Self-Love and Acceptance: 7 Mental Health Benefits of Journaling
There's no denying it: the world we live in today is full of negativity. Everywhere we turn, people and organizations are sending us messages that we aren't good enough that our bodies aren't good enough. The constant onslaught of negative news is enough to wear down even the most adjusted people.
That's why it's important to settle in at the end of the day and practice the act of self-care through journaling.
If you aren't sure if you're ready to add this practice to your daily routine, keep reading. We're going to outline the benefits of journaling and why it's the ideal way to keep yourself grounded in a turbulent time.
1. Manage Your Anxiety and Stress
Now more than ever, we're glued to our devices. There's no shame in that. They're what's keeping us connected to the outside world! But that comes along with a heavy price to pay mentally.
But it isn't just the advertisements and subliminal messages we have to be aware of and watch out for. No matter where you turn, there are stressful and possibly devastating news stories to wade through.
Yes, it's important to stay plugged into the global community we live in, but there comes a time when you must unplug and allow yourself to collect your thoughts and refill your own cup.
Journaling, according to Harvard Medical School, specifically about your emotions, can help to ease stress and trauma.
2. Prioritize Your Obstacles
When we're in the thick of a particularly nasty bout of anxiety or depression, it can be difficult to see a path to self-correcting. Someone on the outside may be able to take a look at our situation and tell us what we need to do, but we can't see the proverbial forest through the trees.
Journaling is a great way to help you write down all of your obstacles so you can see them as they are: something to overcome.
Take a few moments to write down the things you're afraid of, what you're concerned about, and what problems you may be facing. From there, you can organize them by how important they are and, one by one, create an action plan to solve them.
3. Work Through Grief
When dealing with the loss of a loved one, writing in a journal can act as a port in a storm.
Regular journal entries will provide you with a place to write down your thoughts and feelings and allow you to address the questions you may want to ask yourself, such as:
- What is the meaning of this loss to me?
- How does this affect the way I see myself, my life, and my future?
- Why is this so distressing?
While these questions may seem absurd to you in the thick of the pain, being able to give a voice or a shape to your grief by answering them can help provide you with some comfort. They will also give you a wonderful therapeutic tool later on down the line when you're ready to read back over them again.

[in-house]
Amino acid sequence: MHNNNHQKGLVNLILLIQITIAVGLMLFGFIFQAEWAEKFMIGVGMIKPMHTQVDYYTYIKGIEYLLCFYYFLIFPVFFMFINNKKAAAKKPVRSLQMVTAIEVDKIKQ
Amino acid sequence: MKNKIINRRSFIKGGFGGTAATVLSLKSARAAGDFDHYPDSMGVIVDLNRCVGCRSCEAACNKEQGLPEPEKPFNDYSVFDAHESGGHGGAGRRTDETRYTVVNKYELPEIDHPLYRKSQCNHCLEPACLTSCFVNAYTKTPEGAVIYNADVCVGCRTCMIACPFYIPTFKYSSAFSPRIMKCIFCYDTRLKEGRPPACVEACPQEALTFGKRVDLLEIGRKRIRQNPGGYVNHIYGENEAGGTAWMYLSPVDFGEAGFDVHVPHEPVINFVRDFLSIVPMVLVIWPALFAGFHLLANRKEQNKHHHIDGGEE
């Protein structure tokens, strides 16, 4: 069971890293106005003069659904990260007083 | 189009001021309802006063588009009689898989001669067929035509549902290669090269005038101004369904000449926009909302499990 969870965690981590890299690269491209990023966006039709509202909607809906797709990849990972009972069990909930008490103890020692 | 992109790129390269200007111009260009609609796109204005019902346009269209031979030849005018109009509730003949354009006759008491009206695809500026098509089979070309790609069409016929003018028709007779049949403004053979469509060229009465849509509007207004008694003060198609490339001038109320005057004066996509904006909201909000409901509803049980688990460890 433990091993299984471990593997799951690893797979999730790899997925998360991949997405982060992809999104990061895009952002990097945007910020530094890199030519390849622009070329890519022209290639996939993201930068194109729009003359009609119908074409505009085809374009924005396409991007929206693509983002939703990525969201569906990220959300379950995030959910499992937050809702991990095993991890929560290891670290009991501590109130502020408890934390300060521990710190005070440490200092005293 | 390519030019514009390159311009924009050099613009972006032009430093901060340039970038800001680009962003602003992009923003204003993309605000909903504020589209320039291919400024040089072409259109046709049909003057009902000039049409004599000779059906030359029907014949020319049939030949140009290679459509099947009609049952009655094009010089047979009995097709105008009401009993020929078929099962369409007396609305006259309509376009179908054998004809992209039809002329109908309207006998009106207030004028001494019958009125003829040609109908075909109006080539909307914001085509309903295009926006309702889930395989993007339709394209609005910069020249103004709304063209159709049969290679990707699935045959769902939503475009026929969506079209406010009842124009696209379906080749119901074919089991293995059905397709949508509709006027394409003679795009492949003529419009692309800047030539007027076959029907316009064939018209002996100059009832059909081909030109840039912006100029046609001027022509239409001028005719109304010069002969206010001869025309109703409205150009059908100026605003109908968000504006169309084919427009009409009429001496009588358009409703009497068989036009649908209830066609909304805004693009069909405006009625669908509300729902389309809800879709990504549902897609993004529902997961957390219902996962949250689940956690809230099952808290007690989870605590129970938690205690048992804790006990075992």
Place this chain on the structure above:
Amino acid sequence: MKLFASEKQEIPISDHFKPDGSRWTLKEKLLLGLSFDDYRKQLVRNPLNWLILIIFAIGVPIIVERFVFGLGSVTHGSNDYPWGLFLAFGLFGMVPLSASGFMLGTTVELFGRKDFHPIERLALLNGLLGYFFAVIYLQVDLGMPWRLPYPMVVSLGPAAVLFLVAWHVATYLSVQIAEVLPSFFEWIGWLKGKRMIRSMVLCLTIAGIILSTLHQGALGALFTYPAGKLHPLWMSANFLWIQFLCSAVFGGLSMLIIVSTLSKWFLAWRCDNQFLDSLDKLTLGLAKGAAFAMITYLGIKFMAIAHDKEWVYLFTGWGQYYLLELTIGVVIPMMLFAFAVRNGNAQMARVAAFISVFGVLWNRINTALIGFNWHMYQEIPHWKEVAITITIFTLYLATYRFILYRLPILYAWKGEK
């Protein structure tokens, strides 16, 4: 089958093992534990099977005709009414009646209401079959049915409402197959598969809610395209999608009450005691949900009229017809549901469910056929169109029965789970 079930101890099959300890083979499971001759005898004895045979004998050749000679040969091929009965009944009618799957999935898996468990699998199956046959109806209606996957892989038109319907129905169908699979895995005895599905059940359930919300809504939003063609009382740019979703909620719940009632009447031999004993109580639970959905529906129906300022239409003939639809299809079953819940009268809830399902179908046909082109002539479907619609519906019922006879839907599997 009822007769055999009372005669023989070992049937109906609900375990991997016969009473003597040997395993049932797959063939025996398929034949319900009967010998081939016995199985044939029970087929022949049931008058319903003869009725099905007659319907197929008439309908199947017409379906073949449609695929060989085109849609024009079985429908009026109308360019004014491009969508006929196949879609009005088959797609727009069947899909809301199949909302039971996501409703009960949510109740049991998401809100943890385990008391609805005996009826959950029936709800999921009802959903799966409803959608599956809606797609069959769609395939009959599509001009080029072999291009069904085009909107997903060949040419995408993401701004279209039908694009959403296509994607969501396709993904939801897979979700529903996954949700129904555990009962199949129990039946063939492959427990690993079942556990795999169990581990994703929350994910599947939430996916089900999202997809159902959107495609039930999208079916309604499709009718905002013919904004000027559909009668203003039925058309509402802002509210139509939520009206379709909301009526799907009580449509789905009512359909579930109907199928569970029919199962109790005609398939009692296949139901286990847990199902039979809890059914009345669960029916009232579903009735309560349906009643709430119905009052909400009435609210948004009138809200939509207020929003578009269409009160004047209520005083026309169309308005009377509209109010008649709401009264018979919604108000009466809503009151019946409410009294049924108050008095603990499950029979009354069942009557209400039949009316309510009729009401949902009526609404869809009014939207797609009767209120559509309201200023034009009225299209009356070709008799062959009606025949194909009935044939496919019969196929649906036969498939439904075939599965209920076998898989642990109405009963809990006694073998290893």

4. A Garden for Positive Self Talk...
Many people get stuck in an endless cycle of negative self-talk. We say things about ourselves that we would never say to anyone else, and when that pattern starts, it can be difficult to escape it.
To feel better about yourself, you need to start saying positive things about yourself. It's the only way to rewire your brain, even if you don't believe it at the start.
Talk about yourself like you're your best friend. Say the things you want to hear. Tell yourself all the good things you've accomplished that day.
Give thanks to yourself and your body for the things it's done to get you to this moment. Remind yourself that your body is good, exactly as it is right now, no qualifier necessary.
You've undoubtedly survived a lot to get here!
Build yourself up with words on paper, and soon your brain will follow suit.
5. ...and a Judgement Free Zone for Negativity
Additionally, a journal can be a great place to vent your frustrations about situations without worrying about backlash.
You don't have to keep your journal a "good vibes only" kind of place. Allow yourself to write about things you're thinking and feeling without any sense of judgment at all.
When you give yourself a chance to vent these frustrations out on paper, you give your brain a chance to process them and, hopefully, let them go so you can move on to other things.
6. Track Your Symptoms for a Professional
Another great mental health benefit of journaling is that it is a physical copy of your symptoms that you can show to a mental health professional. This is often a tool that therapists and counselors don't have access to, and it's something that can help them understand a lot about your daily life so they can help treat you.
Even if seeking help from a mental health professional isn't something you're interested in, journaling can still be a benefit for your physical health as well. Take some time to document any symptoms you think may be important, so your doctors have a better idea of how to take care of you.
7. A Daily Memory Exercise
Lastly, journaling is a chance to jog your memory every day.
Over time, our memories start to decline. It's inevitable. But there are steps you can take to help yourself stay sharp.
Not only does journaling give you a written record of things you want to remember, but the actual act of remembering and writing down important things can be an exercise to improve your memory!
Experience the Many Healing Benefits of Journaling Today
There are many benefits of journaling that can help aid you in your path to mental wellness. From keeping your memory sharp to processing your trauma and grief, picking up journaling is a great habit that can become a coping skill that you use for the rest of your life.
If you're interested in learning more about how journaling can help you in your quest for wellness, contact us for more information about our self care zines today!